What types of edge computing are most relevant in 2019? In our DCF Executive Roundtable, executives from RagingWire Data Centers, Cyxtera Technologies, EdgeConneX, Iron Mountain, Intel and Chatsworth Products debate the topic.
Insights and Trends on Edge Computing
Data is everywhere. As a digital transformation sweeps across our society and economy, Internet infrastructure must follow the data. Enter edge computing, which extends data processing and storage closer to the growing universe of devices and sensors at the edge of the network.
The goal of edge computing is to process data and services as close to the end user as possible. It’s an architecture that allows the compute and content delivery process to happen within 10 milliseconds or less of the user. The trend driving the edge computing model is the increased use of consumer mobile devices, especially consumption of video and virtual reality content and the growth of sensors as part of the Internet of Things.
Edge applications will require new thinking, and efficient use of resources. We kick off our “Facets of the Edge” series with a look at how SWIM.AI uses lightweight hardware to power edge AI for real-time traffic management.
More people across the globe are using the internet, and broadband speeds are rising. The consumption of online videos continues to spike. A recent white paper from EdgeConneX addresses this very issue, and poses a potential response, or answer to these concerns: Edge Data Centers, or EDCs. Download the new EdgeConneX report focused on how the use of localized EDCs can produce transport cost savings, while also improving the experience for end-users.
Investors are looking to build broad-based portfolios of digital assets, including data centers, telecom towers, fiber and antennas. Recent examples include Digital Colony’s deal for Zayo Group, and American Tower’s entry into colocation.
Edge computing. It’s certainly a water cooler topic for those in the high performance computing (HPC) industry. But could edge computing be the next big thing for the data center industry, as well? A recent white paper from EdgeConnex explores how many data center providers, colocation companies — and colo customers — are turning toward the possibility of edge data centers to solve some of today’s concerns over high internet traffic and bandwidth overload.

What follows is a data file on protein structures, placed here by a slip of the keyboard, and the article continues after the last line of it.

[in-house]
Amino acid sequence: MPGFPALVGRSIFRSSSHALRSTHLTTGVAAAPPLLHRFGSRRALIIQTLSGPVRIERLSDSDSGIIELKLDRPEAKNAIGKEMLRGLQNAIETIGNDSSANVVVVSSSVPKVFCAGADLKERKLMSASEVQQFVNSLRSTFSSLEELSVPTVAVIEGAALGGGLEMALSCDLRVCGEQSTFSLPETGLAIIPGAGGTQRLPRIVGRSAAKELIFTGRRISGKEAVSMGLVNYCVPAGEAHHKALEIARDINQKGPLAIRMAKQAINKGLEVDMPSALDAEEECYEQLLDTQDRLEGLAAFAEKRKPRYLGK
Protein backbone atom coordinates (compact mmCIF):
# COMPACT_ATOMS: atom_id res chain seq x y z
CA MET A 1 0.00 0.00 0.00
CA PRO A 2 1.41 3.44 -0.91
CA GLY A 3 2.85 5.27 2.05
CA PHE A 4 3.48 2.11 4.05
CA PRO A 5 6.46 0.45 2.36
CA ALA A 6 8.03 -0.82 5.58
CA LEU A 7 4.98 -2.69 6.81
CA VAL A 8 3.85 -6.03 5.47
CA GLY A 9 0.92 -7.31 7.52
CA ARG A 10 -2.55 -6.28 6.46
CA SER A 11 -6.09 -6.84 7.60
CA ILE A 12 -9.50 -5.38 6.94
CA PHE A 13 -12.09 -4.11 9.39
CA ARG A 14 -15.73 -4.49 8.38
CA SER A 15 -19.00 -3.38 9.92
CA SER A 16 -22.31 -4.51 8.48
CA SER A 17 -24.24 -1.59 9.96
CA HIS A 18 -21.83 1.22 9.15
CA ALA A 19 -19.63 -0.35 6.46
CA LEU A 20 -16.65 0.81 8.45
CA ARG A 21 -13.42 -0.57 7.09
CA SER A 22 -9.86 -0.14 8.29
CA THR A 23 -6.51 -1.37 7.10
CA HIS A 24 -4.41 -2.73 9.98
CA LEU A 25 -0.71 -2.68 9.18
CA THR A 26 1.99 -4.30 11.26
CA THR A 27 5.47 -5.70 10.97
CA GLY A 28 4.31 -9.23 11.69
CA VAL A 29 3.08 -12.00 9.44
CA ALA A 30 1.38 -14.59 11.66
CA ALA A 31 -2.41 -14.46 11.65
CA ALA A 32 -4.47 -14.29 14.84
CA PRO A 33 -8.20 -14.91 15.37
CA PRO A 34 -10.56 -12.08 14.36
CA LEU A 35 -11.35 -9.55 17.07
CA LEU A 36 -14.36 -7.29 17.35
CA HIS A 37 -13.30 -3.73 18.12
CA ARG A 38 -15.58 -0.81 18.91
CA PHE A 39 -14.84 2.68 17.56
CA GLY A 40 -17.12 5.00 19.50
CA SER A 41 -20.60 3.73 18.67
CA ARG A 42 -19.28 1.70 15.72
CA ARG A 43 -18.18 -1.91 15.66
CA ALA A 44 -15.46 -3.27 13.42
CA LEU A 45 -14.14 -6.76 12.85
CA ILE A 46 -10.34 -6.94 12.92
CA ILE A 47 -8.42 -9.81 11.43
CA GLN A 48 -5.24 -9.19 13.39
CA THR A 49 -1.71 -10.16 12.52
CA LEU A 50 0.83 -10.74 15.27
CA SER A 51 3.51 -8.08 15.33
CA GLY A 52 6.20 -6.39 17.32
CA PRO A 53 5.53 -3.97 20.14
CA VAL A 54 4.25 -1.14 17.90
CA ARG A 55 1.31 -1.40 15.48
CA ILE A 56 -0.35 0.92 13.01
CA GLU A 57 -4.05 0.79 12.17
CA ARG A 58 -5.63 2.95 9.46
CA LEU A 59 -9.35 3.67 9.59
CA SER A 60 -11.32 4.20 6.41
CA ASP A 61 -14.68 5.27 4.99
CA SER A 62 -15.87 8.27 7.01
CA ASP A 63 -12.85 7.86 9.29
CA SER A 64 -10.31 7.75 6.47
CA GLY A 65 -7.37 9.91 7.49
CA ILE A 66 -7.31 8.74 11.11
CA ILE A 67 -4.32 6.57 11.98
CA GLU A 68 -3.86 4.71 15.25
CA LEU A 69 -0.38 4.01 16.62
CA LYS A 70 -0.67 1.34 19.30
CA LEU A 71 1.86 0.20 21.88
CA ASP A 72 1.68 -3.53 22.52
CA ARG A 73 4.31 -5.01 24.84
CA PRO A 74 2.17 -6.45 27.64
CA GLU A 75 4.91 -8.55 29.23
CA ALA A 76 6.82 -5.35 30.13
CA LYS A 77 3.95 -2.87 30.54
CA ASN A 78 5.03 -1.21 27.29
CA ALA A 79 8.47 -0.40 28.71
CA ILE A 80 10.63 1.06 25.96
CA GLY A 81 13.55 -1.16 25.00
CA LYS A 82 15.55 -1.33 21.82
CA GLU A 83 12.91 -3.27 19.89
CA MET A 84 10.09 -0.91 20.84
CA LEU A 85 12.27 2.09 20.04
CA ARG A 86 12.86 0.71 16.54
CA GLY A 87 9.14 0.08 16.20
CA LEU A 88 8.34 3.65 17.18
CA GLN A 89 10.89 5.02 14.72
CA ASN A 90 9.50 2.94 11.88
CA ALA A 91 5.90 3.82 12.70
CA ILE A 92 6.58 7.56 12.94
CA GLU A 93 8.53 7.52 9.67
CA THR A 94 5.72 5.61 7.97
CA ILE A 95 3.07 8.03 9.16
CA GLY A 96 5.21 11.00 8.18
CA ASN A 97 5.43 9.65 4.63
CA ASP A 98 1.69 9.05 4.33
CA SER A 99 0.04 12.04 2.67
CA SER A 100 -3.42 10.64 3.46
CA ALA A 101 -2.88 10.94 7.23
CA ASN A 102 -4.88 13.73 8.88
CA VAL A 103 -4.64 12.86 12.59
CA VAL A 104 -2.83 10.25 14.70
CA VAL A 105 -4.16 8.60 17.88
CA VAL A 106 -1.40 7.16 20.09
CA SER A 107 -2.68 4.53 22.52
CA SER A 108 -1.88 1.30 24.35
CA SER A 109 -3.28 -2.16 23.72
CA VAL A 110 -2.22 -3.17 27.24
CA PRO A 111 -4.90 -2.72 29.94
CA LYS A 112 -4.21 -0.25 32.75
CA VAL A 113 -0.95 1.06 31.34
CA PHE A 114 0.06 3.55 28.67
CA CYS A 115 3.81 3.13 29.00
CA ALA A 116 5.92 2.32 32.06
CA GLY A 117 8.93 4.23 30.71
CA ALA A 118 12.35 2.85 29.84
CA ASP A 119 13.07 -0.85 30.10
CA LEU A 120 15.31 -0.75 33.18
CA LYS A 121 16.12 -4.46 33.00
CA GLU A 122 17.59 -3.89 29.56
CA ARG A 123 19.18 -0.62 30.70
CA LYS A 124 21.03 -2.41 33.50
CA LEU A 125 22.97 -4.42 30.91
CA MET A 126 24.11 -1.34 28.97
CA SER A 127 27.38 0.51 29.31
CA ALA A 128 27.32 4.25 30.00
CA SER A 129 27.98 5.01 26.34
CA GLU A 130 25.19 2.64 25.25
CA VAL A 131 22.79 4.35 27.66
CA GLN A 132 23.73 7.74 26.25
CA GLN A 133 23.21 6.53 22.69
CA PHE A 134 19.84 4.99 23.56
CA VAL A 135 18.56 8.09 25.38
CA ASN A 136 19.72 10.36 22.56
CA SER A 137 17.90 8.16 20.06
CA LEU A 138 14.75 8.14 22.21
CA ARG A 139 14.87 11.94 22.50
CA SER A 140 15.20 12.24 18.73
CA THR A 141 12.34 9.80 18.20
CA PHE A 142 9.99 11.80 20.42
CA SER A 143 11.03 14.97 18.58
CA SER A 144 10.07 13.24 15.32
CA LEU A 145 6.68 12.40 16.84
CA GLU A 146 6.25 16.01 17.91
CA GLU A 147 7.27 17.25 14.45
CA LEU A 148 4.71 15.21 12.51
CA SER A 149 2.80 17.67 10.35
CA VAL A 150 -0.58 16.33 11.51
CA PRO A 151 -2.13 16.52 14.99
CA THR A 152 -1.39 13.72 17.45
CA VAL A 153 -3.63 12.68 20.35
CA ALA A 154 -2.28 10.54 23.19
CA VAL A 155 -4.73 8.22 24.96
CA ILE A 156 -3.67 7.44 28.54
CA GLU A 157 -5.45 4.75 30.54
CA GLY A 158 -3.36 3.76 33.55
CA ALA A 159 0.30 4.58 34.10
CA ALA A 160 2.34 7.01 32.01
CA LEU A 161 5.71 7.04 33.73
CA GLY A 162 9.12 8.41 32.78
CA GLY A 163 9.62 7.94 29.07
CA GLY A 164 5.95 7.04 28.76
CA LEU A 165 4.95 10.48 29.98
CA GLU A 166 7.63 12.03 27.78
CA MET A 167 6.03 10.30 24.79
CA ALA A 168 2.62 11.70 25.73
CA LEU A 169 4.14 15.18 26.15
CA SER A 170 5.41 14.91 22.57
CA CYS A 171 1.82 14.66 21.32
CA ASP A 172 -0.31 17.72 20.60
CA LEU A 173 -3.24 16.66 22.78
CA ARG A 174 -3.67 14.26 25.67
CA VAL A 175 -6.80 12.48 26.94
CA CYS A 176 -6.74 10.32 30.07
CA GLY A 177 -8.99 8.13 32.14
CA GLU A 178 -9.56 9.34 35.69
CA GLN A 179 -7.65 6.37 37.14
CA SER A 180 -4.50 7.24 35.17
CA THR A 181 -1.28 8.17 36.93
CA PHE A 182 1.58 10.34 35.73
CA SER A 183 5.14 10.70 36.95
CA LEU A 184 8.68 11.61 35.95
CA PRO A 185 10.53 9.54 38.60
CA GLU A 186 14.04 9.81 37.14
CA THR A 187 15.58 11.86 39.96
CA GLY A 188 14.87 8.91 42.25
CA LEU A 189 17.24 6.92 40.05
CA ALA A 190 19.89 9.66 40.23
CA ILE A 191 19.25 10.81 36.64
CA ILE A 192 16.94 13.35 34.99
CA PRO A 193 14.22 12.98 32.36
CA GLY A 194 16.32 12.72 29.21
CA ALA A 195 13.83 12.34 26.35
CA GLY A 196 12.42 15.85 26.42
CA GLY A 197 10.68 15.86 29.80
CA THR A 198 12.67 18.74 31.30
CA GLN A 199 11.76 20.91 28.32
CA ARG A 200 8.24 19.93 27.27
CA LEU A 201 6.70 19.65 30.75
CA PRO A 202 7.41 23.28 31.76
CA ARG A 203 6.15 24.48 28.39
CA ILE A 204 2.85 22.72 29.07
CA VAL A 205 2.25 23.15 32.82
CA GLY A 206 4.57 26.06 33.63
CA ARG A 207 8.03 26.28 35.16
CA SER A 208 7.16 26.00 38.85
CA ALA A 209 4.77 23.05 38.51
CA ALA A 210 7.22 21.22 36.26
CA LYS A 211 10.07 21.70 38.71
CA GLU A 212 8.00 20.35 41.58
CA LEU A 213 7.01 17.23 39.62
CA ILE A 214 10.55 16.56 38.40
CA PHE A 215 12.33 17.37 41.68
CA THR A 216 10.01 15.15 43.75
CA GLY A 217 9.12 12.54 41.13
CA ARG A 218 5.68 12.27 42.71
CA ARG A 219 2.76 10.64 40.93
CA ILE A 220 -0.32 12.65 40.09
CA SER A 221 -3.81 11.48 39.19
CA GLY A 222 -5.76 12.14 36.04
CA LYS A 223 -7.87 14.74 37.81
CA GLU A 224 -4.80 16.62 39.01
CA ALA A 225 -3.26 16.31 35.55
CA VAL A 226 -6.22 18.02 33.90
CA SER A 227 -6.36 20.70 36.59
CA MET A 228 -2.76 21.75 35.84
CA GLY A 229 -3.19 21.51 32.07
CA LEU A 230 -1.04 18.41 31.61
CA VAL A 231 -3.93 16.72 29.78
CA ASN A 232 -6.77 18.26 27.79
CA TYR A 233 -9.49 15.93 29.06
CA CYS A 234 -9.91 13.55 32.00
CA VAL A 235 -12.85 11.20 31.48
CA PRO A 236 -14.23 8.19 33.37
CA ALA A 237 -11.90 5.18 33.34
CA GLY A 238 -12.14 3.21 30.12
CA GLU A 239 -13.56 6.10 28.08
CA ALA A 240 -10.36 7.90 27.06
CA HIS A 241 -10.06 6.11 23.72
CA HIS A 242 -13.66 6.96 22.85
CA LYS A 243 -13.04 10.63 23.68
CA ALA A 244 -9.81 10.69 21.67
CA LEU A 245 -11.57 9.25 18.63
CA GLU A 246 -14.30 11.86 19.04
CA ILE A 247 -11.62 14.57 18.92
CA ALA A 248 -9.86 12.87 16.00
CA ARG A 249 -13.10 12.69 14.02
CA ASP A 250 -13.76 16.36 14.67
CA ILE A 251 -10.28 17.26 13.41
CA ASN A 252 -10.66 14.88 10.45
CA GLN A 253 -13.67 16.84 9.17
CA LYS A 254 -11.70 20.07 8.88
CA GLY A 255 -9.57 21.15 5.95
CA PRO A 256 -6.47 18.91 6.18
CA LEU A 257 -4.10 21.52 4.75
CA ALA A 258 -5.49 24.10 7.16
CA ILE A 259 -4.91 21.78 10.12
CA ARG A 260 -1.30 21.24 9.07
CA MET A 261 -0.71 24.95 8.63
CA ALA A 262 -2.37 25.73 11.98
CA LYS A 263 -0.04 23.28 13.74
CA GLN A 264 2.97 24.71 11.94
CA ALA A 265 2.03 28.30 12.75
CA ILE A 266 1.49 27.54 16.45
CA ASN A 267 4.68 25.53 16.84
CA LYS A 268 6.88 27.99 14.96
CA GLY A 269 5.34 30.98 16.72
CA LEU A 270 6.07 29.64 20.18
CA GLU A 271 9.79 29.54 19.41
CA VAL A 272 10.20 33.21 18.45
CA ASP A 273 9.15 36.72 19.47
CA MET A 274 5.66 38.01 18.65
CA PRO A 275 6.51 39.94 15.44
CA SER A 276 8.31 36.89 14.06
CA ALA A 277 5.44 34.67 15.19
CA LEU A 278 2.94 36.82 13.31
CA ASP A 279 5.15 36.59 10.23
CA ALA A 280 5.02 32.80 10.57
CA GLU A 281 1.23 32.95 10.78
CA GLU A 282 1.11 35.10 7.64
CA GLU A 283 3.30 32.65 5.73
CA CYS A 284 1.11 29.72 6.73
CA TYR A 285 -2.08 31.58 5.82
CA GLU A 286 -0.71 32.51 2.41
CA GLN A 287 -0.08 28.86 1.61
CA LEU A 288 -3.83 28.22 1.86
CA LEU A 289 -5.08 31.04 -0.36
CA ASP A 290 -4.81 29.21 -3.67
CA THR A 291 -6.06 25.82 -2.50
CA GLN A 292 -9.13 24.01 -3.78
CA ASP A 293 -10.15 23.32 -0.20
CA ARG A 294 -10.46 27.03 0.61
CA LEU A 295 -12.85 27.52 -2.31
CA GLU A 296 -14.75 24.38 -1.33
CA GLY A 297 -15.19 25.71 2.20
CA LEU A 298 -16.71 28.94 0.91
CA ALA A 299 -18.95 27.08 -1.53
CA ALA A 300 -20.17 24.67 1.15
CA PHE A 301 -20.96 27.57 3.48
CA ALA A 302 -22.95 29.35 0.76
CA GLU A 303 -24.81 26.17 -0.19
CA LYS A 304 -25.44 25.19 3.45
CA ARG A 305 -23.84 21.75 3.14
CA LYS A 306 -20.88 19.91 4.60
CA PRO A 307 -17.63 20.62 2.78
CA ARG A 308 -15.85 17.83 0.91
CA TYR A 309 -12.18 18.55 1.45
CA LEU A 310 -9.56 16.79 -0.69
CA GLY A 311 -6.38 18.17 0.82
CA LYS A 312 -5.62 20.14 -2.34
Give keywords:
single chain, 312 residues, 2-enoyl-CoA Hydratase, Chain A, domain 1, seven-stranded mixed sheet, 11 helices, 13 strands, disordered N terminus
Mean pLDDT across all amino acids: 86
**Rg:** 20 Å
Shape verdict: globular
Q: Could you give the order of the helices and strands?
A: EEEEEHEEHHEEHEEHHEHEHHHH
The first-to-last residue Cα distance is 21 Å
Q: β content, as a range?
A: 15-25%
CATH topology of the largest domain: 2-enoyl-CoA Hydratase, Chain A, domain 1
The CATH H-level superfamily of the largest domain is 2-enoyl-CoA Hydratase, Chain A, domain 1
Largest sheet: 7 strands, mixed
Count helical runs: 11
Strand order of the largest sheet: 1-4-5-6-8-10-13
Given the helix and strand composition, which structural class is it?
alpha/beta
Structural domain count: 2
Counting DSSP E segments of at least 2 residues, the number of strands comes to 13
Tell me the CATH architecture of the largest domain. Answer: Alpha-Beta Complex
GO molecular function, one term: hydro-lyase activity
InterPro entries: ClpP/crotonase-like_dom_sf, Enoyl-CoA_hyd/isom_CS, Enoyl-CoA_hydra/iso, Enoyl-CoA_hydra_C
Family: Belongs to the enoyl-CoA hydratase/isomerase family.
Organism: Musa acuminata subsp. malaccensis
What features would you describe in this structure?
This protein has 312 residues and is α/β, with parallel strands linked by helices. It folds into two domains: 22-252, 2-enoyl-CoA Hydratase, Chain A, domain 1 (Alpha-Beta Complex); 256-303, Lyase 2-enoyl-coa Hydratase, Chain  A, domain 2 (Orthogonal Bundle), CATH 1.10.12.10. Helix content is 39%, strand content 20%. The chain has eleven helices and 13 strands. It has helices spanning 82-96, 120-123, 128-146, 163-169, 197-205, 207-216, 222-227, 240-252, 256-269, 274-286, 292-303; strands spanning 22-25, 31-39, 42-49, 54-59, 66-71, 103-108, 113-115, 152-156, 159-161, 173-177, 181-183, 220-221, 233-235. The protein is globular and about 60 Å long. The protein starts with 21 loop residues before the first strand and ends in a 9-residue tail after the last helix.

A common question these days from potential colocation customers is, “What is your strategy for providing solutions for edge computing?” Drew Leonard, VP of Strategy, and Mike Michalik, CTO for Evoque Data Centers Solutions, explore the steps that traditional data center providers must take to develop a strategy for providing edge solutions to customers.
5G. You may feel like you’ve been hearing about its potential everywhere you turn. True; 5G has been getting a lot of press exposure and promotions lately — and expectations are high as it has been under development for many years. A new white paper from Compass Data Centers explores the “what, where, when and why” of 5G.
The micro-edge will be networked not just with local resources, but with data centers and cloud facilities around the world. Martin Olsen, Vice President, Global Edge and Integrated Solutions at Vertiv, outlines how 5G and edge computing is contributing to IoT and AI advancement.
Here’s an existential question for you, when does a new technology legitimately become a “thing”? In this edition of Voice of the Industry, the team at Compass Data Centers shares how the company predicts in 2019 ,Edge Computing will begin to see the level of investment required to push it past the status of “new big thing.”
For data centers, the evolution and arrival of 5G is crucial to business success – as well as data throughput, edge computing, ultra-low latency, and efficiency. A new report from Vertiv explores 5G use cases that can help your business optimize their applications and better approach machine learning and AI.